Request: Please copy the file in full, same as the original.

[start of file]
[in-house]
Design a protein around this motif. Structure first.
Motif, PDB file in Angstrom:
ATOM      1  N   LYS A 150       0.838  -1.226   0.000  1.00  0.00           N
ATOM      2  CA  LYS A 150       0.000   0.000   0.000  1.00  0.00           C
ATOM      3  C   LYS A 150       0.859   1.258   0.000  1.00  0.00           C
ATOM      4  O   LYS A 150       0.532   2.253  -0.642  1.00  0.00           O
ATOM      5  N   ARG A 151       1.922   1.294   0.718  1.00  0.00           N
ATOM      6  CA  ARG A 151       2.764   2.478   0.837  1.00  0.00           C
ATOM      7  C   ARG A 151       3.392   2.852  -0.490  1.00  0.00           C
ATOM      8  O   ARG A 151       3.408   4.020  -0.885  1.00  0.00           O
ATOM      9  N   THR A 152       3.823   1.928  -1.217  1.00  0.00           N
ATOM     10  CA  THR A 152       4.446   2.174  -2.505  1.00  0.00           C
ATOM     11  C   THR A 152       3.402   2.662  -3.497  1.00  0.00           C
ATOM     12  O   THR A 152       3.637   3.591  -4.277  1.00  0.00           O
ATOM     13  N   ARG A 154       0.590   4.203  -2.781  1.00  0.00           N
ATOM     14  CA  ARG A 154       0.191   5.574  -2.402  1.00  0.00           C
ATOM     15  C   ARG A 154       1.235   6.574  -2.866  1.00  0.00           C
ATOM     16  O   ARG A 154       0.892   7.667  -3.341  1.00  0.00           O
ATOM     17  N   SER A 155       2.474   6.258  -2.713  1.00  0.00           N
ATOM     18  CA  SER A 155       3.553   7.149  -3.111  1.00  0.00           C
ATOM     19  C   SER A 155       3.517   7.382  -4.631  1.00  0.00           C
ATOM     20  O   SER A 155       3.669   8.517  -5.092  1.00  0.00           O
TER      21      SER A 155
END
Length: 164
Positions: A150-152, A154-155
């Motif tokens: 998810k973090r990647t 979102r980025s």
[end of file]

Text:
[in-house]
Design a protein around this motif. Structure first.
Motif, PDB file in Angstrom:
ATOM      1  N   LYS A 150       0.838  -1.226   0.000  1.00  0.00           N
ATOM      2  CA  LYS A 150       0.000   0.000   0.000  1.00  0.00           C
ATOM      3  C   LYS A 150       0.859   1.258   0.000  1.00  0.00           C
ATOM      4  O   LYS A 150       0.532   2.253  -0.642  1.00  0.00           O
ATOM      5  N   ARG A 151       1.922   1.294   0.718  1.00  0.00           N
ATOM      6  CA  ARG A 151       2.764   2.478   0.837  1.00  0.00           C
ATOM      7  C   ARG A 151       3.392   2.852  -0.490  1.00  0.00           C
ATOM      8  O   ARG A 151       3.408   4.020  -0.885  1.00  0.00           O
ATOM      9  N   THR A 152       3.823   1.928  -1.217  1.00  0.00           N
ATOM     10  CA  THR A 152       4.446   2.174  -2.505  1.00  0.00           C
ATOM     11  C   THR A 152       3.402   2.662  -3.497  1.00  0.00           C
ATOM     12  O   THR A 152       3.637   3.591  -4.277  1.00  0.00           O
ATOM     13  N   ARG A 154       0.590   4.203  -2.781  1.00  0.00           N
ATOM     14  CA  ARG A 154       0.191   5.574  -2.402  1.00  0.00           C
ATOM     15  C   ARG A 154       1.235   6.574  -2.866  1.00  0.00           C
ATOM     16  O   ARG A 154       0.892   7.667  -3.341  1.00  0.00           O
ATOM     17  N   SER A 155       2.474   6.258  -2.713  1.00  0.00           N
ATOM     18  CA  SER A 155       3.553   7.149  -3.111  1.00  0.00           C
ATOM     19  C   SER A 155       3.517   7.382  -4.631  1.00  0.00           C
ATOM     20  O   SER A 155       3.669   8.517  -5.092  1.00  0.00           O
TER      21      SER A 155
END
Length: 164
Positions: A150-152, A154-155
């Motif tokens: 998810k973090r990647t 979102r980025s």